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Biggest Winners and Losers from UFC 167

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COMMENTARY | The Ultimate Fighting Championship celebrated its 20th anniversary with the UFC 167 fight card, and it turned out to be an entertaining affair.

The event was held on Nov. 16 at the MGM Grand Garden Arena in Las Vegas, Nev., and the main event lived up to the hype thanks to Johny Hendricks' praise-worthy performance which almost brought an end to Georges St. Pierre's long reign as the UFC's welterweight champ.

Here are the biggest winners and losers from the UFC 167 fight card:


1. Johny Hendricks
"Bigg Rigg" gave GSP his toughest test since his 2007 loss to Matt Serra, landing many hard shots on the Canadian, mixing in some takedowns, holding his own in the clinch against the longest reigning welterweight champion in UFC history.

Unfortunately for Hendricks, the judges -- correctly -- scored the bout 48-47 in GSP's favor, adding his name to GSP's long list of victims.

2. Georges St. Pierre
GSP deserves a lot of credit for the gutsy performance he turned in at UFC 167. He ate several hard shots that would have dropped lesser men, and he kept his composure throughout the fight even though things weren't always going his way.

St. Pierre closed out the fight well like a champion should, and that turned out to be the difference maker, earning 48-47 scores from two of the three Octagon-side judges, while the third had the same score in Hendricks' favor.

Unfortunately for GSP, his victory was a bit tainted, since many, myself included, initially scored the fight 48-47 in Hendricks' favor. However, after watching the bout again, I was forced to admit we all were wrong, scoring the fight 48-47 in GSP's favor (1/3/5) second time around.

It came down to down to the first round where Hendricks hurt GSP a few times, while the latter dominated based on control and effective striking.

3. Robbie Lawler
"Ruthless" passed another tough test at UFC 167, handing Rory MacDonald his second loss inside the Octagon. With the win, Lawler takes another giant step up the Ultimate Fighting Championship's welterweight rankings, and it should be enough to earn him -- at the very least -- a number one contender bout.

4. Rashad Evans
Many MMA fans questioned Evans' mental state heading into UFC 167, given his lackadaisical performances against Dan Henderson and Antonio Rogerio Nogueira. However, "Suga" made it clear he still has a little bit left in his tank, mauling Chael Sonnen during the co-main event, bringing the contest to an end with some vicious shots on the ground at 4:05 of round one.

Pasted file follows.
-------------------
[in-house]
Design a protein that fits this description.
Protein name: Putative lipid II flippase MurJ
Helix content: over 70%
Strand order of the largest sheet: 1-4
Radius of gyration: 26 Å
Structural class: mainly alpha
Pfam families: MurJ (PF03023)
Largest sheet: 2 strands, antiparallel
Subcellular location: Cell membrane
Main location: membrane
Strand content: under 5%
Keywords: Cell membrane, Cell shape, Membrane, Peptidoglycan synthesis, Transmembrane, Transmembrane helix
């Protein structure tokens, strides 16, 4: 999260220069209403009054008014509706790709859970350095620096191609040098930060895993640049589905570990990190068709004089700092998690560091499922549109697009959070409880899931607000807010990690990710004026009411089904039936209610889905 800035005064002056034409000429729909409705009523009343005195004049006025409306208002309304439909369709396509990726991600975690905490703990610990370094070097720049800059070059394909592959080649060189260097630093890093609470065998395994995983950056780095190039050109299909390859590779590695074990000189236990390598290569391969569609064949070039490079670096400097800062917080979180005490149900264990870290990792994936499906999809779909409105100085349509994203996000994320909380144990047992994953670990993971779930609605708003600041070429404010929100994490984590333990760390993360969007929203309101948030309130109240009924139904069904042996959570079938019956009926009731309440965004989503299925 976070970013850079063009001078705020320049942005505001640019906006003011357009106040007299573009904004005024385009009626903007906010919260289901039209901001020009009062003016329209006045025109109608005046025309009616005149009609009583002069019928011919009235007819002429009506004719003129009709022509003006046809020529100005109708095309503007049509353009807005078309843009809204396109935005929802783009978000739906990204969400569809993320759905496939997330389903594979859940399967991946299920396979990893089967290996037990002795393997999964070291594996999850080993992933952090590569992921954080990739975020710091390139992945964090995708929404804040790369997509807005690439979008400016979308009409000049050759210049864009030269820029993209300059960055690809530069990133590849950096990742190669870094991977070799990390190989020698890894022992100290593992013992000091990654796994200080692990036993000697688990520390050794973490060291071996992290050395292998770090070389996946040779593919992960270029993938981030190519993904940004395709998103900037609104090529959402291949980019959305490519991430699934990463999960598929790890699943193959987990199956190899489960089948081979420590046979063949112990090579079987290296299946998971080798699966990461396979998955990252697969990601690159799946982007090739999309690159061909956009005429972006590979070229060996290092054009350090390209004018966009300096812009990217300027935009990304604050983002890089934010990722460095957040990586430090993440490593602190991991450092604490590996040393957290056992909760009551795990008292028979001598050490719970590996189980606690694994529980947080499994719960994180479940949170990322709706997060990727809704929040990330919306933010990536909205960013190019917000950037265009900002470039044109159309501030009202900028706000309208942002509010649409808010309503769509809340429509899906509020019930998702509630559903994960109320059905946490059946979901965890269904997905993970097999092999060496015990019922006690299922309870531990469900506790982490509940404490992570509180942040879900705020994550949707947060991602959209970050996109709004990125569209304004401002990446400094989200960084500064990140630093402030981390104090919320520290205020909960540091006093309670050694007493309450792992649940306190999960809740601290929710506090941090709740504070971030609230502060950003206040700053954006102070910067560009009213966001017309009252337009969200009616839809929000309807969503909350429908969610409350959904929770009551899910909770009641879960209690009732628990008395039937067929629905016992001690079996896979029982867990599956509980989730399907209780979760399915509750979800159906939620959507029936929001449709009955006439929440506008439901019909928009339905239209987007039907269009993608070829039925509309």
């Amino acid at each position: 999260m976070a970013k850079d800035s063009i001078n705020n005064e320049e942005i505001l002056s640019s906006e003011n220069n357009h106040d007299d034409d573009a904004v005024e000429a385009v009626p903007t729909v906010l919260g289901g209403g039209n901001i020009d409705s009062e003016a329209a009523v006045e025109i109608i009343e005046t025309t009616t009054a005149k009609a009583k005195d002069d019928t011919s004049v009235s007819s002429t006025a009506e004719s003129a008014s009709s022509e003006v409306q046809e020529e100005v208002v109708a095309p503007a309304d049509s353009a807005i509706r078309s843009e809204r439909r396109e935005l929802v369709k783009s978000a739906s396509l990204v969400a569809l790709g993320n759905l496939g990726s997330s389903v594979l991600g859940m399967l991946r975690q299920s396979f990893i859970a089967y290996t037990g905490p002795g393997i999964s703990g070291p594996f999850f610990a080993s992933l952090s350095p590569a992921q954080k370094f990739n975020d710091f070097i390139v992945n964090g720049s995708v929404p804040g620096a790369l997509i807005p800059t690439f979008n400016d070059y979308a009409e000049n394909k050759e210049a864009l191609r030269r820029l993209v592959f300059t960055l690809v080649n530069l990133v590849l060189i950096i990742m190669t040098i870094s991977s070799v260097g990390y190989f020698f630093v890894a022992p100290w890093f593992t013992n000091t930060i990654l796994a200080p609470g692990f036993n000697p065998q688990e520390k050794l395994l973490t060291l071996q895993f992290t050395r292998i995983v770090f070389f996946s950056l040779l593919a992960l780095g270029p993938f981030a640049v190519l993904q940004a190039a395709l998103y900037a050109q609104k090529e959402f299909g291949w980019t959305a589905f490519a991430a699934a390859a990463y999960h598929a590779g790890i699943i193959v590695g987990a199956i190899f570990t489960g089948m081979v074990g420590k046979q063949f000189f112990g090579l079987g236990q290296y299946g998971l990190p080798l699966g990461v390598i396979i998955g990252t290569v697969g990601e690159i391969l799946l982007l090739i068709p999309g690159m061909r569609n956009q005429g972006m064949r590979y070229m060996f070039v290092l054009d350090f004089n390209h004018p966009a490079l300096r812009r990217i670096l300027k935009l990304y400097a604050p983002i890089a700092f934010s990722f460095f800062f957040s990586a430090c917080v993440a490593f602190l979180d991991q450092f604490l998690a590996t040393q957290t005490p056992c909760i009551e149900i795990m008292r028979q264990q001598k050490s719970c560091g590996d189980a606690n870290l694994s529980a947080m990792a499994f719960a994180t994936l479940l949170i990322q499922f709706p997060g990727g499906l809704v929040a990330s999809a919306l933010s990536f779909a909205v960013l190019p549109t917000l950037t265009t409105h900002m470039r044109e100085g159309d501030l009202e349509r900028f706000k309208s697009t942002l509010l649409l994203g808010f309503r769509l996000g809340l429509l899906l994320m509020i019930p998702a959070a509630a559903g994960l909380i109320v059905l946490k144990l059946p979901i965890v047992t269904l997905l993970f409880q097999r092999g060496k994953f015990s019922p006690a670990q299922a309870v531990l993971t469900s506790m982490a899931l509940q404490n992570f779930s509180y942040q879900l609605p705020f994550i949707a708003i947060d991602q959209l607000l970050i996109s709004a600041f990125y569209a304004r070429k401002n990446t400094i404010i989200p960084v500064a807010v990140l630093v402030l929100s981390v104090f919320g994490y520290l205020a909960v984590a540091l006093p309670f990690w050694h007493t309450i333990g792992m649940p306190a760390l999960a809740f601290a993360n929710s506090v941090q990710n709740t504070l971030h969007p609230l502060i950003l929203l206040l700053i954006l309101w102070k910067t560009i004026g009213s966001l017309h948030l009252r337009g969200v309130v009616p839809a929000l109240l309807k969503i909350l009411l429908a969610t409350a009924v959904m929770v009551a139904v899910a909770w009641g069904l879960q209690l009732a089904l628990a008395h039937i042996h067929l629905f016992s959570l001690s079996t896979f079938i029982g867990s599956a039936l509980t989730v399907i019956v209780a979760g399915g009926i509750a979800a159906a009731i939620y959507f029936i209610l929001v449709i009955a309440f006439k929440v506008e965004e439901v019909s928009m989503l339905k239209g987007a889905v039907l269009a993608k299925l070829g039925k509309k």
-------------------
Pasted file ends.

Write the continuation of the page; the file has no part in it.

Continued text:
Notable mentions: Tyron Woodley, Donald Cerrone, Rick Story, Sergio Pettis.


1. Chael Sonnen
With the loss to Evans, Sonnen has now lost three of his last four fights, and, even with his gift of gab, it's highly unlikely that he'll ever be able to talk himself into a title shot again. Rashad brutalized Sonnen in a way that had never been done before, outwrestling the Portland native, blasting away with hard shots from back-mount until referee Herb Dean stepped in and saved Sonnen from further punishment.

2. Dana White
UFC president Dana White displayed his lack of respect for his fighters, once again, after GSP announced he'd be taking a break from MMA following his win against Hendricks, throwing the Canadian under the bus during the post-fight press conference, similarly to the way he did Jon Jones after the UFC 151 fiasco last year, the same way he turned against Anderson Silva after his 2010 bout against Demian Maia.

For those hoping MMA will one day reach the mainstream popularity of leagues like the NBA or NFL, don't hold your breath. The kids who are physically gifted enough to compete in those organizations will never -- and I mean ever -- give up the financial security those sports offer for significantly lower wages and an egotistical boss who's shortsighted enough to turn on his greatest assets at the slightest hint of defiance.

3. Rory MacDonald
MacDonald would have probably won his UFC 167 bout against Lawler with an appropriate came plan, but he clearly wasn't prepared for Lawler's aggression. Fortunately for MacDonald, he's still one of the most promising welterweights in the UFC, so he'll back in contention sooner rather than later.

David is a Brazilian Jiu Jitsu and boxing practitioner who has watched and studied MMA for the past 8 years. Send him your questions @davidkingwriter and check out his blog.

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